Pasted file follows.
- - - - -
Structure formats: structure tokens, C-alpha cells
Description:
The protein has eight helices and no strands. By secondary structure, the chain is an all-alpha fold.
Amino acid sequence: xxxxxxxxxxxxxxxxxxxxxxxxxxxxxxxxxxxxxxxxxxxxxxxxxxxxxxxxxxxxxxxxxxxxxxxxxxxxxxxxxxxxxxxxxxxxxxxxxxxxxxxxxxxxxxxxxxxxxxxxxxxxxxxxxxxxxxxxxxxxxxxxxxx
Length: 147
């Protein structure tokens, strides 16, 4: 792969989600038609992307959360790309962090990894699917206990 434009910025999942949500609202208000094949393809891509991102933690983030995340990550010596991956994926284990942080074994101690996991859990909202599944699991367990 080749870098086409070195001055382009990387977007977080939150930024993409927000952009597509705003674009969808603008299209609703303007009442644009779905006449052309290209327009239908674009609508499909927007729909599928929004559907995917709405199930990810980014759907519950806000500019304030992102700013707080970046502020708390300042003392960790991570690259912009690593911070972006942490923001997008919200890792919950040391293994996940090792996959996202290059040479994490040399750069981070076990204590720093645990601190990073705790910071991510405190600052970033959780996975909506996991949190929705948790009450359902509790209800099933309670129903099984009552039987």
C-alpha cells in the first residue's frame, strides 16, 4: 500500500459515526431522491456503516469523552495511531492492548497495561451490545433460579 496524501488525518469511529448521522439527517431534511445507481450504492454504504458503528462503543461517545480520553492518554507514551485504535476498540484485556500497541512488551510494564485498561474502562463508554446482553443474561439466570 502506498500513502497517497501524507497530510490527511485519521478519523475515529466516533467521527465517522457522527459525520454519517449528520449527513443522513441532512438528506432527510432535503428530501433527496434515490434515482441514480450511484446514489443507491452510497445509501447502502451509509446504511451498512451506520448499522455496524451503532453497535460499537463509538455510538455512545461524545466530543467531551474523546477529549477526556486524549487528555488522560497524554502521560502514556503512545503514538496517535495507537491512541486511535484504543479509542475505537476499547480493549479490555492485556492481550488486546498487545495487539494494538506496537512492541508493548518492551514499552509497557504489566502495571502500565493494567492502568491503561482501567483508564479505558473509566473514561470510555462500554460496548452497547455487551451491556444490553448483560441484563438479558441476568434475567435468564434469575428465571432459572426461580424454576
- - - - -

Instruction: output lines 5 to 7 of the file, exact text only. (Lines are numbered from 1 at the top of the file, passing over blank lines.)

Length: 147
């Protein structure tokens, strides 16, 4: 792969989600038609992307959360790309962090990894699917206990 434009910025999942949500609202208000094949393809891509991102933690983030995340990550010596991956994926284990942080074994101690996991859990909202599944699991367990 080749870098086409070195001055382009990387977007977080939150930024993409927000952009597509705003674009969808603008299209609703303007009442644009779905006449052309290209327009239908674009609508499909927007729909599928929004559907995917709405199930990810980014759907519950806000500019304030992102700013707080970046502020708390300042003392960790991570690259912009690593911070972006942490923001997008919200890792919950040391293994996940090792996959996202290059040479994490040399750069981070076990204590720093645990601190990073705790910071991510405190600052970033959780996975909506996991949190929705948790009450359902509790209800099933309670129903099984009552039987």
C-alpha cells in the first residue's frame, strides 16, 4: 500500500459515526431522491456503516469523552495511531492492548497495561451490545433460579 496524501488525518469511529448521522439527517431534511445507481450504492454504504458503528462503543461517545480520553492518554507514551485504535476498540484485556500497541512488551510494564485498561474502562463508554446482553443474561439466570 502506498500513502497517497501524507497530510490527511485519521478519523475515529466516533467521527465517522457522527459525520454519517449528520449527513443522513441532512438528506432527510432535503428530501433527496434515490434515482441514480450511484446514489443507491452510497445509501447502502451509509446504511451498512451506520448499522455496524451503532453497535460499537463509538455510538455512545461524545466530543467531551474523546477529549477526556486524549487528555488522560497524554502521560502514556503512545503514538496517535495507537491512541486511535484504543479509542475505537476499547480493549479490555492485556492481550488486546498487545495487539494494538506496537512492541508493548518492551514499552509497557504489566502495571502500565493494567492502568491503561482501567483508564479505558473509566473514561470510555462500554460496548452497547455487551451491556444490553448483560441484563438479558441476568434475567435468564434469575428465571432459572426461580424454576